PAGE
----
Harris County prosecutor calls contact with Rusty Hardin about Deshaun Watson ‘totally normal’

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Jenny Vrentas’ article from New York Times regarding the grand jury process that resulted in no indictment for the Browns quarterback Deshaun Watson extensive detailed communications between Attorney Rusty Hardin and Assistant District Attorney Johna Staliings.

Harris County District Attorney Kim Ogg, who heads the district attorney’s office in Houston, was recently interviewed by Mike Melster regarding, among other things, the extent of contact between Hardin and Stallings.

Complitly normal“, Ogg said. “We contact the defense attorneys. They contact us. Communication is very different from collaboration or teamwork to achieve an outcome. It just did not happen. “It’s not ethical. And that’s not what we do. And that’s not what happened in this case.”

Ogg also delicately berated Vrentas for his characterization of communications between Hardin and Stallings.

“So I think the writer took a lot of artistic liberties with this thing, which presumed – which we’re not allowed to do – that every time someone shares the text of a phone call , that he colluded,” Ogg said. “We don’t work with plaintiffs’ attorneys, for the reason I mentioned. We don’t want cross-contamination, if you will, of bias or motive alleged against us to try to put your finger on the scales of our system to help the other party so it’s different when you’re dealing with a criminal defense attorney they represent a someone we can’t talk to without him, who we need to tell where to go or what to do.

It’s a bit confusing, frankly. If Watson is not going to testify before the grand jury, why does the prosecutor have to tell Watson’s attorney “where to go or what to do.” There are no administrative communications to be had until the suspect is formally charged.

Ogg also addressed the fact that Hardin was allowed to provide a “package” to present to the grand jury.

“When they have a package like we talked about in this case, it’s funny, it’s just a local custom, allowing defense attorneys to put together a package,” Ogg said. “You won’t find any support for it in law, you won’t find any protocol for it because it’s something that’s just been developed through practice between our criminal defense bar and our prosecutors. And what we do is they put together what they want the grand jury to see or hear, and we’ll present it. And we present it because we also want to know. What is their side? What do they present? And remember, we can’t compel their client, or target, to testify.

It’s also confusing. The prosecutor lets the defense attorney prepare whatever he wants, then submits it to the grand jury without even knowing what it is? Doesn’t matter what it is? What if it contains an incorrect representation of the facts? What if, in this case, it was a video of Rusty Hardin on horseback declaring, as he did publicly, that all the women who accused Watson of misconduct were lying? What if this was a video of Leah Graham proclaiming, as she has done publicly, that Tony Buzbee is a Pied Piper who harvested a group of women with baseless claims in an effort to advance his social networks and go on television?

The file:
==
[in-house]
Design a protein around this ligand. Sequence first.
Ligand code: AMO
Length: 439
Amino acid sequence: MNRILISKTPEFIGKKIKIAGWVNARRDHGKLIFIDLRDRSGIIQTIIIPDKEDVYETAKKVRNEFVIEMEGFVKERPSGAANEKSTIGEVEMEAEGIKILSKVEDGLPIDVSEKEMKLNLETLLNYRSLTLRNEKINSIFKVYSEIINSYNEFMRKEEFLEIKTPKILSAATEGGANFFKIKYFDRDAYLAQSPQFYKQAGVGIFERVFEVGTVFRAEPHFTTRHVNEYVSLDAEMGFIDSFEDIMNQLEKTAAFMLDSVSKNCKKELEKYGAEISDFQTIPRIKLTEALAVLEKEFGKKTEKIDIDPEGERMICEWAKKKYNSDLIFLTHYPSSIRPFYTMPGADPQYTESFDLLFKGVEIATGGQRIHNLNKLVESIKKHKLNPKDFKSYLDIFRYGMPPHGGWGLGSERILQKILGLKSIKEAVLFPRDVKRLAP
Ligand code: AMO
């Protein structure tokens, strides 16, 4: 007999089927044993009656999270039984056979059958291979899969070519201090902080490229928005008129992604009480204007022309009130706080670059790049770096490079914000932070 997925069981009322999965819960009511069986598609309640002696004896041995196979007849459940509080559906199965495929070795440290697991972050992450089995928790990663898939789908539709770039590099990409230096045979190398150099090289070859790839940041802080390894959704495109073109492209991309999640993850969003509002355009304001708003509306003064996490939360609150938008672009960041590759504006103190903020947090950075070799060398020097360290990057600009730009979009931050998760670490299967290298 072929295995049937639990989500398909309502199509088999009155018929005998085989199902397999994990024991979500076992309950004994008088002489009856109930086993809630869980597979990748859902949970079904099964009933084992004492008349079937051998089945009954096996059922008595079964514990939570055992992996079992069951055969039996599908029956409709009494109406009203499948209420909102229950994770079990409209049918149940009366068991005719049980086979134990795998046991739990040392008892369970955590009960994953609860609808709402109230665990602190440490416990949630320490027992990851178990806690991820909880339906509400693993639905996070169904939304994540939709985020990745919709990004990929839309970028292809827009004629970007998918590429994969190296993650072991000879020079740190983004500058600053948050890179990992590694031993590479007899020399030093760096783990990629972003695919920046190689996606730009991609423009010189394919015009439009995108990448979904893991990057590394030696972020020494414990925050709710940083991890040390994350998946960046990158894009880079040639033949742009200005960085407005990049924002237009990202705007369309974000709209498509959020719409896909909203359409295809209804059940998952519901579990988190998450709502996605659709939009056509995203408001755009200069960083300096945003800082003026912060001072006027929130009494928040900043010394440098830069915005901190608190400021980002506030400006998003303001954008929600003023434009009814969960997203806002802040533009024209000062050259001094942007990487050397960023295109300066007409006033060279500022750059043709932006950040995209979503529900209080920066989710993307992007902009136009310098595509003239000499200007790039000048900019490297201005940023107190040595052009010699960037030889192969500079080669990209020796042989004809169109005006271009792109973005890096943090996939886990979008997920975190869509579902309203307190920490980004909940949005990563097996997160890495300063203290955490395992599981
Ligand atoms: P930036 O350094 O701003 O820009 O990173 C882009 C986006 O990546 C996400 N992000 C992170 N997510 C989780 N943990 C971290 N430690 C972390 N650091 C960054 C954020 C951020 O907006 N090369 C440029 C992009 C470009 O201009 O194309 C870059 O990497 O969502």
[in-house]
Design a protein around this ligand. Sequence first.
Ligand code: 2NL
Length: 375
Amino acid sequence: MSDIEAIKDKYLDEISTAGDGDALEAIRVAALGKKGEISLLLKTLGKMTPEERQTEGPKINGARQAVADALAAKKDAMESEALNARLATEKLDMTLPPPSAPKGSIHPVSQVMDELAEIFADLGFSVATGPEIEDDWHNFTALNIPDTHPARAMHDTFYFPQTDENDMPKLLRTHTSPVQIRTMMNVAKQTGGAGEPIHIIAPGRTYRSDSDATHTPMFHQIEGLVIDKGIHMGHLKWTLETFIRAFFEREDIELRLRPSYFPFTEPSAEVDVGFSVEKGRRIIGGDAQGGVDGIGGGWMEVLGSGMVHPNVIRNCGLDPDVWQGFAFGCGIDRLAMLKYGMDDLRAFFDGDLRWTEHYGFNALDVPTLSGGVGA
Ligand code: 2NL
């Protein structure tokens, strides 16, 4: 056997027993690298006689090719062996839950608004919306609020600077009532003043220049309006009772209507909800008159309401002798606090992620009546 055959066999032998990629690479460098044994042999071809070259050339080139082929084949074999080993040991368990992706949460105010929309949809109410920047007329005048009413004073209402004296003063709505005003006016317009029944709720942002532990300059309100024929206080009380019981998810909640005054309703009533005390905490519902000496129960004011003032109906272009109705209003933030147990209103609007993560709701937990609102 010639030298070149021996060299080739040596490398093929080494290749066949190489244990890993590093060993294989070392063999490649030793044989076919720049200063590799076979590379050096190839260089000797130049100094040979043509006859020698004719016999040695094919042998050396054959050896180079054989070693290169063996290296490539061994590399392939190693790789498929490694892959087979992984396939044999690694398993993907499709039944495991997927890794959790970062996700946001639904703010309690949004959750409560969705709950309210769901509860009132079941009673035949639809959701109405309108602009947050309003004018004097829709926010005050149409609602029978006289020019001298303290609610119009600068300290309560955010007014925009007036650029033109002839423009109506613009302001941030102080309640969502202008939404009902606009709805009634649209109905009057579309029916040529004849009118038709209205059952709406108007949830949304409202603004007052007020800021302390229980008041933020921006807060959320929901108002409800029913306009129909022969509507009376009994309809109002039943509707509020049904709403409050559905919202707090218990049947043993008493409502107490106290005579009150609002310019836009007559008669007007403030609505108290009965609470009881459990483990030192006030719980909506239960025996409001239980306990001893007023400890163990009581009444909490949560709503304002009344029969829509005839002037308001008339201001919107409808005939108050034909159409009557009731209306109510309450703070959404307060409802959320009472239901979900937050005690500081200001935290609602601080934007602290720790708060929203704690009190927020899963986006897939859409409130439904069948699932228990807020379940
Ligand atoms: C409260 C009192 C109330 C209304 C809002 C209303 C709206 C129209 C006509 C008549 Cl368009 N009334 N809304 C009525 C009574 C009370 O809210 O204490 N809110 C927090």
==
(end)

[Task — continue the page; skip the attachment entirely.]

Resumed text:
Does Ogg really expect anyone to believe that it’s okay for a defense attorney to engage in the exercise of not presenting the suspect for grand jury testimony, but also to present a one-sided and interested presentation from the suspect’s point of view?

Ogg also challenged the notion, of the Time article, that the packages are only used by high-profile defendants who can fund such activities, calling it a “sensationalized” account of a common practice.

“In terms of the numbers, because so many people are caught on the scene in the middle of the crime, defense attorneys strategically – or simply because they’re not doing the job – won’t submit violent crime packets or instant crimes,” Ogg said. “High profile has nothing to do with it. Packages are common. Although in terms of numbers, because many people are arrested for what I call a flash crime or something that happens when actions are taken immediately, often they are not submitted.In cases like this, or cases where a crime is reported later, lawyers do a lot.

Packets are therefore common, except when they are not. And the profile of the case doesn’t matter, except when it does. And some lawyers “don’t do the work” to get a packer together. Obviously, many of these attorneys don’t have clients who can pay the hourly rate for the creation of the package and/or fund hundreds of dollars an hour for the constant harassment of the attorney, who, as we we indicated in this case, was intended to give Stallings a glimpse of what his professional life would have become if Watson had been indicted.

Although Ogg said a lot, she was never forced to confront the real reason (in my opinion) why Stallings got no charges. Stallings did not believe she could turn those indictments into convictions beyond a reasonable doubt. So she let Hardin argue her case (without subjecting her client to questioning) and she hoped the grand jury would choose to defer to the civil justice system.

Yes, even though the entire grand jury proceeding remains shrouded in medieval secrecy, it’s a safe bet that someone let the grand jury know that these plaintiffs had another path to potential justice, and that the grand jurors most likely decided simply to defer to the other main branch of the justice system. Making the result anything but an exoneration from Watson – no matter how hard Hardin would like to treat it that way.

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